Government of Queensland facts for kids
Emblem of the Queensland Government and its agencies
Coat of arms of the State of Queensland, used for formal and ceremonial purposes.
|Legislature||Parliament of Queensland;
|Meeting place||Parliament House|
|Main organ||Cabinet of Queensland|
|Meeting place||Parliament House|
The Government of Queensland, also referred to as the Queensland Government, is the Australian state democratic administrative authority of Queensland. The Government of Queensland, a parliamentary constitutional monarchy, was formed in 1859 as prescribed in its Constitution, as amended from time to time. Since the Federation of Australia in 1901, Queensland has been a state of the Commonwealth of Australia, and the Constitution of Australia regulates its relationship with the Commonwealth. Under the Australian Constitution, Queensland ceded legislative and judicial supremacy to the Commonwealth, but retained powers in all matters not in conflict with the Commonwealth. Key state government offices are located at 1 William Street in the Brisbane central business district.
Executive and judicial powers
The Government of Queensland operates under the Westminster system, a form of parliamentary government based on the model of the United Kingdom. The Governor of Queensland, as the representative of the Monarch, holds nominal power, although in practice only performs ceremonial duties. The Parliament of Queensland holds legislative power, while executive power lies with the Premier and Cabinet, and judicial power is exercised by a system of courts and tribunals.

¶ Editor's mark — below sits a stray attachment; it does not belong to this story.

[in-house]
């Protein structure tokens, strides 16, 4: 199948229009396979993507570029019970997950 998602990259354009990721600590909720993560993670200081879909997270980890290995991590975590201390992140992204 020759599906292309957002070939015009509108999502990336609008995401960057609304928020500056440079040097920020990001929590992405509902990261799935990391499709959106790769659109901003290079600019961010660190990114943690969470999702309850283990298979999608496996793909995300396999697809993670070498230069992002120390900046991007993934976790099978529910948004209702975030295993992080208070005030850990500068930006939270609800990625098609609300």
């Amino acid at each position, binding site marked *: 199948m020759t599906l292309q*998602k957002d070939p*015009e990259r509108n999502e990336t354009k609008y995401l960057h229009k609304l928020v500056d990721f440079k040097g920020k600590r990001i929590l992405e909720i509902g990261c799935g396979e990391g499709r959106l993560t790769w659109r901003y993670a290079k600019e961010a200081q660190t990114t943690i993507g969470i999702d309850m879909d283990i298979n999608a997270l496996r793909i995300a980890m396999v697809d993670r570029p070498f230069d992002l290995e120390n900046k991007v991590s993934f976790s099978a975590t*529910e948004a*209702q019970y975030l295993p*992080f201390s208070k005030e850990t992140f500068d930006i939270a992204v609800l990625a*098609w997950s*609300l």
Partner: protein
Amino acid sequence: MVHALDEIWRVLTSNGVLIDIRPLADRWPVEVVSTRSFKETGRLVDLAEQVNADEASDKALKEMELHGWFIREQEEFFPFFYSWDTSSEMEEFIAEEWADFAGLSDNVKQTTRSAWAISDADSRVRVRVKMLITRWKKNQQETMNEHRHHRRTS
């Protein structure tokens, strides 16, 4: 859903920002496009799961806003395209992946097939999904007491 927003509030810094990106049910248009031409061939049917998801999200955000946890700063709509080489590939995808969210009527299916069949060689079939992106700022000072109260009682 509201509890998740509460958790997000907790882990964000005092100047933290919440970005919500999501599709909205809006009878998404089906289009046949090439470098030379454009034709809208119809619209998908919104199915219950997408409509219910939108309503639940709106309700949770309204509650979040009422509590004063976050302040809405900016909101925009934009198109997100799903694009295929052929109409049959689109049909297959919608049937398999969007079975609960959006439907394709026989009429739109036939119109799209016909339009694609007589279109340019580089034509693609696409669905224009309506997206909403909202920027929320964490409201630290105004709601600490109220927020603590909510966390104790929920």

The Parliament of Queensland is the state's legislature. It consists of the Monarch (represented by the Governor), and a single chamber; the Legislative Assembly. Queensland is the only Australian state with a unicameral parliament after a second chamber, the Legislative Council, was abolished in 1922.
The Legislative Assembly has 89 members; one representing each electoral district in Queensland. Elections for the Legislative Assembly are held approximately every three years.
The Cabinet of Queensland is the government's chief policy-making organ, and consists of the Premier and all ministers.
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Queensland government agencies
The Queensland Government delivers services, determines policy and regulations, including legal interpretation, by a number of agencies grouped under areas of portfolio responsibility. Each portfolio is led by a government minister who is a member of the Parliament. As of April 2016[update] there were nineteen lead agencies, called government departments, that consist of:
- Department of the Premier and Cabinet
- Department of Aboriginal and Torres Strait Islander Partnerships
- Department of Agriculture and Fisheries
- Department of Communities, Child Safety and Disability Services
- Department of Education and Training
- Department of Energy and Water Supply
- Department of Environment and Heritage Protection
- Queensland Health
- Department of Housing and Public Works
- Department of Infrastructure, Local Government and Planning
- Department of Justice and Attorney-General
- Department of National Parks, Sport and Racing
- Department of Natural Resources and Mines
- Queensland Police Service and Queensland Fire and Emergency Services
- Department of Science, Information Technology and Innovation
- Department of State Development
- Department of Transport and Main Roads
- Queensland Treasury
- Department of Tourism, Major Events, Small Business and the Commonwealth Games
A range of other agencies support the functions of these departments.
Images for kids
Queen Elizabeth II Courts of Law in Brisbane in which the Supreme Court of Queensland and District Court of Queensland sit
Government of Queensland Facts for Kids. Kiddle Encyclopedia.